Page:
Another issue with Sphynx is their love for trampling on the buttons of appliances and electronics. Any device with
buttons on the top is fair game for them. Many times I’ve found my portable air conditioner reset to “heat” mode in the middle of a hot summer, and with a high temperature set on the thermostat. Either that, or they just shut it off. They’ve shut off my apartment washer in mid cycle many times. I’ve had to build shields on top of every device with buttons on the top in my home, with the exception of a Keurig coffee maker which I had to throw out because they did something that caused it to stop working altogether.
Finally, there are the unique joys of dealing with the anatomical products of the Sphynx bald gene. First and most noticeable is their poop. There is no other creature on this earth that can create the eyewatering stench a Sphynx can when it poops. Worse, they don’t bother covering it up. And then they often step in it and track it around the house. I have to keep books of matches near their litterboxes, because no air freshener known to man works on this particular stench. Their buttholes are perpetually dirty and must often be wiped in order to prevent the dreaded “poop stamps”, which look like brown lipstick kiss marks.
Speaking of brown marks, a cat’s skin produces copious amounts of oil, which normally conditions their fur and skin. This is needed due to the feline habit of constantly licking themselves. The fur absorbs most of that oil. A Sphynx has little or no fur, so the oil stays on the skin and picks up any dirt the cat is exposed to. It also collects on their claws and pads, where it turns into a blackish greasy gunk. Everywhere they go, they leave dirty, oily footprints – counters, tables, wood floors, furniture. Any popular place to lie, like heaters, a favourite spot on the couch, windowsills – all have to be wiped down regularly otherwise they become covered in a thick layer of gunk. I keep a supply of old throws and blankets for the couch, which I rotate and wash often. On the plus side, if I find something knocked over or destroyed, I can always tell who did it by those telltale footprints.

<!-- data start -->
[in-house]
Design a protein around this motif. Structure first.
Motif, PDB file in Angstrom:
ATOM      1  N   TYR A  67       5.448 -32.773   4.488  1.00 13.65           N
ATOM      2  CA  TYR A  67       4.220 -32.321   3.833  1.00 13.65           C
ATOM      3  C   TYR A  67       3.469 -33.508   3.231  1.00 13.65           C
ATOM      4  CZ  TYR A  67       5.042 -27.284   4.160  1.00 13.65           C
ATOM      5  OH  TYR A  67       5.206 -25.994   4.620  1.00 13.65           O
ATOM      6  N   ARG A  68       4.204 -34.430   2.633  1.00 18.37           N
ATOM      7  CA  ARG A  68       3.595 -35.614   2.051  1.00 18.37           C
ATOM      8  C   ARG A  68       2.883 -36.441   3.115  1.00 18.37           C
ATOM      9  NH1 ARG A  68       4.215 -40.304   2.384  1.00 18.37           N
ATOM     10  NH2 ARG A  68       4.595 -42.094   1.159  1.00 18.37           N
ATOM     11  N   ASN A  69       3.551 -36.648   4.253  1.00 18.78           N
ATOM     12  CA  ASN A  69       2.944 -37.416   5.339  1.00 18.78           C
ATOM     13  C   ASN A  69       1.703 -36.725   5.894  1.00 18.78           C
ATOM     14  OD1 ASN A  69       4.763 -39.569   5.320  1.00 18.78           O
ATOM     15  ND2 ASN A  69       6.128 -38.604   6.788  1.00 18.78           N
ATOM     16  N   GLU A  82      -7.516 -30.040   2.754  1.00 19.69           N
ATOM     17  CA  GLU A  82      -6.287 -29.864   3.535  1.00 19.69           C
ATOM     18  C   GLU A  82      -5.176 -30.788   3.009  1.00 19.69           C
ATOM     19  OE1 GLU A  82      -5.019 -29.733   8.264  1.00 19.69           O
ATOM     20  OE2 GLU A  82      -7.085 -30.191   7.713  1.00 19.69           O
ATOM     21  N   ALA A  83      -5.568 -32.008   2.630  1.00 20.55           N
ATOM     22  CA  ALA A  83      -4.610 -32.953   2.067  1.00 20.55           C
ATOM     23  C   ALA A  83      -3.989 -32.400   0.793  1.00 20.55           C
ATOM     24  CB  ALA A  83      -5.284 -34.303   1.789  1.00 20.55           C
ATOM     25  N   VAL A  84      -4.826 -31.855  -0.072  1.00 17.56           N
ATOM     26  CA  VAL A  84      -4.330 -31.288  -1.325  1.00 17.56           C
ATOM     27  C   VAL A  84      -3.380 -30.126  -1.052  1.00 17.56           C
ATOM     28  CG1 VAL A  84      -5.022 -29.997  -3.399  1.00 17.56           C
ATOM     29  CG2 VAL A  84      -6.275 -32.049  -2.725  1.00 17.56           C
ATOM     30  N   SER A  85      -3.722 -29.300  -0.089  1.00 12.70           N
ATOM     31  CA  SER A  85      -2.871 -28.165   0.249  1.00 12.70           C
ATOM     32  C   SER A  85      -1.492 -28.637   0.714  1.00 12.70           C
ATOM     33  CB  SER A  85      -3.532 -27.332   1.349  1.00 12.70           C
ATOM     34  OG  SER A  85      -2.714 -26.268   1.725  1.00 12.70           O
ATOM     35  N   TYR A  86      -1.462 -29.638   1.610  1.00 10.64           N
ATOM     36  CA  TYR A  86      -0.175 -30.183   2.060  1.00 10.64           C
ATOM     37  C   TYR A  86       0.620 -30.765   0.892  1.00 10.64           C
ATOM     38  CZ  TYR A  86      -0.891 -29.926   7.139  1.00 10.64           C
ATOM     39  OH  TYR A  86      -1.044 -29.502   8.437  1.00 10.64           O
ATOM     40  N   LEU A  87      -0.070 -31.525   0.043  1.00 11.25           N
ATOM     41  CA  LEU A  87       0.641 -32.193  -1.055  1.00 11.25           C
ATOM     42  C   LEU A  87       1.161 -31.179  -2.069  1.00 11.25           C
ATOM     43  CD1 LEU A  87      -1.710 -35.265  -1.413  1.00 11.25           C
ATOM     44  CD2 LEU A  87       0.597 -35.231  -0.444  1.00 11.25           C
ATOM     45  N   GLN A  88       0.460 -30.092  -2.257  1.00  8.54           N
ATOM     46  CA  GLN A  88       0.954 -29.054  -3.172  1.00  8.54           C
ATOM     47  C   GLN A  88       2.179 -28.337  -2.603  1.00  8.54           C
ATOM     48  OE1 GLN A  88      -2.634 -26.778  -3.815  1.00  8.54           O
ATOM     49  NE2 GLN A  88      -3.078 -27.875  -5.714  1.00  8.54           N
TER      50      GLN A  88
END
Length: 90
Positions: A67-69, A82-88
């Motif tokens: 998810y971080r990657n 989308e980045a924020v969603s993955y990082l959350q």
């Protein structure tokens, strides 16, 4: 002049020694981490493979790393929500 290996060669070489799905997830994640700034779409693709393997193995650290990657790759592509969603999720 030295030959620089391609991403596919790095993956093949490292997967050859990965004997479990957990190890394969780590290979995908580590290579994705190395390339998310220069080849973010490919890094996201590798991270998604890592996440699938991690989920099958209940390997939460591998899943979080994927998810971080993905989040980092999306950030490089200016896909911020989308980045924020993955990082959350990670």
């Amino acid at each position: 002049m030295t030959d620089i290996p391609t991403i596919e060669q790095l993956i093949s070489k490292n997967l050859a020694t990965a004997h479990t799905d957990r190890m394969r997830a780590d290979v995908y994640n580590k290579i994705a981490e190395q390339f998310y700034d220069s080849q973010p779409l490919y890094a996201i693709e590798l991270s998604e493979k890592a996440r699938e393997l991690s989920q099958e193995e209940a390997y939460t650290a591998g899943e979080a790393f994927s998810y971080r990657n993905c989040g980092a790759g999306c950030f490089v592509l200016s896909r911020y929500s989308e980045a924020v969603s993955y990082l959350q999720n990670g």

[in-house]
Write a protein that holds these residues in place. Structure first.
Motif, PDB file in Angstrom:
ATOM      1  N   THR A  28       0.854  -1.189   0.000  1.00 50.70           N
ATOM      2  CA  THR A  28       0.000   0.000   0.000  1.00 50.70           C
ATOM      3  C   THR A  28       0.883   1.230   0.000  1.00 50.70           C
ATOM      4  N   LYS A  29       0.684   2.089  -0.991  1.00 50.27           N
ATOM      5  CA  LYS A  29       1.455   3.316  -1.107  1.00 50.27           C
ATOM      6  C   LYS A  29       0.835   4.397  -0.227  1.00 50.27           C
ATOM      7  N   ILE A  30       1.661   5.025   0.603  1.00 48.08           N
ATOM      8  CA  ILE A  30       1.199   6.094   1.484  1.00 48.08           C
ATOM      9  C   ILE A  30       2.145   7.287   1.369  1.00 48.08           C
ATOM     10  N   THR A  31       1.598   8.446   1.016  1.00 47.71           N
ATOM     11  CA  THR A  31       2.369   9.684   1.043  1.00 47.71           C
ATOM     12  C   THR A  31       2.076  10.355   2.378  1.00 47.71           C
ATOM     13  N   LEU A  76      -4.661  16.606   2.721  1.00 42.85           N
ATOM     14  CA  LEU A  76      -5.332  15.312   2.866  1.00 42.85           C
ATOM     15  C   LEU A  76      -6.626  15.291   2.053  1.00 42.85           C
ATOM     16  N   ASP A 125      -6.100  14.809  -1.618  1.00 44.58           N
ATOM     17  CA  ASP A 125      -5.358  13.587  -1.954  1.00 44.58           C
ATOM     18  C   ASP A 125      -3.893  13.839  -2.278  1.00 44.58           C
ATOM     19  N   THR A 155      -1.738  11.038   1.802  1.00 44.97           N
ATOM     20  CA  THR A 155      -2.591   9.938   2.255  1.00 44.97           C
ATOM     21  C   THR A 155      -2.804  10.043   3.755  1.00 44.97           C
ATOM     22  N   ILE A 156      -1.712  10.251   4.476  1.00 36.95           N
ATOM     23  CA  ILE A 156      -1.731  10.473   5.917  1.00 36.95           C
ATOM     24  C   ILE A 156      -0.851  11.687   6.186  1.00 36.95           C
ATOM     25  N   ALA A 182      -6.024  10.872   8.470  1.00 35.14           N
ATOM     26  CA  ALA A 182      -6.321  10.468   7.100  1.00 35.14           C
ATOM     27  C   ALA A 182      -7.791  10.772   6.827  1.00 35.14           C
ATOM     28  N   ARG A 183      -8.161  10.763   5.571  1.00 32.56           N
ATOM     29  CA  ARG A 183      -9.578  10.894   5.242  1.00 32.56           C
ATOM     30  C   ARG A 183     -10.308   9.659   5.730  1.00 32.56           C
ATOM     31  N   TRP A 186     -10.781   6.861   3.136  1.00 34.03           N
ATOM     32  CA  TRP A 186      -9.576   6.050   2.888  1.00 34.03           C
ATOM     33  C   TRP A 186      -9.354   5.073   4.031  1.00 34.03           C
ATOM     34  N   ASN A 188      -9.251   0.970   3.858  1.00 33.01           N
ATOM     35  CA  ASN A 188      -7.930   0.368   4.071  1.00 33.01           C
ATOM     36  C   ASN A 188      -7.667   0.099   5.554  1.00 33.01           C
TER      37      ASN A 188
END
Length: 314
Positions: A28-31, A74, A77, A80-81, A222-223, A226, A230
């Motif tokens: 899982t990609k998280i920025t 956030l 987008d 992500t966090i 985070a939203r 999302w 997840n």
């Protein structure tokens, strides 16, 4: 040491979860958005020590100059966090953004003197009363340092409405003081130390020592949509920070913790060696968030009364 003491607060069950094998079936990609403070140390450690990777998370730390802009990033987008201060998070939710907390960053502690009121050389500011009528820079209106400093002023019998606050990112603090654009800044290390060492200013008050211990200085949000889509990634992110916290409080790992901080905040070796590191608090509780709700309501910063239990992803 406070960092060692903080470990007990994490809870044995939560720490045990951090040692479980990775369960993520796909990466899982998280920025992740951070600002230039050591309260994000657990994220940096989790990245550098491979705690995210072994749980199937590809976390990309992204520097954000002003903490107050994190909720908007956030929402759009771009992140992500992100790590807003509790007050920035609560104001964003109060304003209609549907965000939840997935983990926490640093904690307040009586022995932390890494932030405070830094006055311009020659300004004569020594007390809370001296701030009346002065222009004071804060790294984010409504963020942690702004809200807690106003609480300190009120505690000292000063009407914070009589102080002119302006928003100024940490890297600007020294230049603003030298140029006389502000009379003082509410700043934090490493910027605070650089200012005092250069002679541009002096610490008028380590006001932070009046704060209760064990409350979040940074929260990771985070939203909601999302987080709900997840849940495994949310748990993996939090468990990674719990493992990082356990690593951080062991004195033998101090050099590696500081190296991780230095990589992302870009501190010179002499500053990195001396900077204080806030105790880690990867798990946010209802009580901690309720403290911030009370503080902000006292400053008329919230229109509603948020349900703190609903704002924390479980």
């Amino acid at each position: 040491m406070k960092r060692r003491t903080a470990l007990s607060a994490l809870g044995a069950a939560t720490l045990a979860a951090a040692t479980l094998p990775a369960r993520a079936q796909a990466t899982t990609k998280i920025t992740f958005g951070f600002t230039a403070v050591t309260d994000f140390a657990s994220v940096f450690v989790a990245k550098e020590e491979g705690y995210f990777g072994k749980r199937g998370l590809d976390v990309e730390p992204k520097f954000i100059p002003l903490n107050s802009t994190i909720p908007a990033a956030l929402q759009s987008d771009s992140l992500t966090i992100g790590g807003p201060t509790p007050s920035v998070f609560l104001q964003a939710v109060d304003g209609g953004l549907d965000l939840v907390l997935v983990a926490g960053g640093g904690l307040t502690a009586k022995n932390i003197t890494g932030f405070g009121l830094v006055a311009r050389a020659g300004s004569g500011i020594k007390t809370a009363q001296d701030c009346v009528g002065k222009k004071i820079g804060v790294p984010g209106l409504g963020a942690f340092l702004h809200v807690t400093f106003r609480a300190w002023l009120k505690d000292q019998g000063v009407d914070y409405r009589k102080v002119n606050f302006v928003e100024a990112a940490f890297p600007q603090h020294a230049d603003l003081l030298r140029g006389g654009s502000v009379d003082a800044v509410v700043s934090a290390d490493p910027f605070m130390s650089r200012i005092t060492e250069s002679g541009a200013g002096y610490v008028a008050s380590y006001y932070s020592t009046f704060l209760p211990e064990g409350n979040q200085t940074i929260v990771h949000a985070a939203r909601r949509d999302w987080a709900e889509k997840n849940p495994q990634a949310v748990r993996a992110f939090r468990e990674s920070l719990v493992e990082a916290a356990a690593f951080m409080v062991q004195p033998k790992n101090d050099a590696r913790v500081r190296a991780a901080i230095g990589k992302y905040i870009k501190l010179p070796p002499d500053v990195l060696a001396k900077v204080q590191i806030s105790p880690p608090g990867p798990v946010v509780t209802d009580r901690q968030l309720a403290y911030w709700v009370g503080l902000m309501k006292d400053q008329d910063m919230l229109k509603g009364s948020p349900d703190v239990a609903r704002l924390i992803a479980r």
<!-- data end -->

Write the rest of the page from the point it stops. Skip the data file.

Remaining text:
Sphynx skin temperature is a lot hotter than a regular cat’s. Note that I wrote “skin” temperature. Their internal body temperature is the same as any other breed. The first time I took my Sphynx to the vet, who had never seen a Sphynx before, the poor things got a thermometer shoved up their backsides several times before the vet would believe their body temperature was normal. To their delight, they also got handed around among the entire office staff. Their heat is penetrating and very nice if you have sore muscles or joints!
Sphynx owners are advised to bathe their pets regularly to help keep the dirt at bay. However – have you ever tried to bathe a squirming, wet, angry toddler? A squirming, wet, soapy bald cat is ten times worse, because they have teeth and claws which they use to great effect, and they mean business. I still have bite puncture scars in my left arm from trying to bathe Yoko. Don’t believe anyone who tells you they get used to baths – NO cat gets used to getting wet! Over time, I found that NOT bathing them actually causes them to secrete less skin oil. It also causes me to secrete less blood, from teeth and claw puncture wounds. Another hygiene issue for Sphynx is that they have no hairs to protect the inside of their ears, nor do they have eyelashes. They also have deep facial wrinkles. All of these must be cleaned regularly, as they develop an incredible amount of dirt inside, and they can get infections if they aren’t kept clean, especially the eyes and face. I use baby wipes to “spot clean” the dirty areas. They still hate it, but not enough to bite and scratch.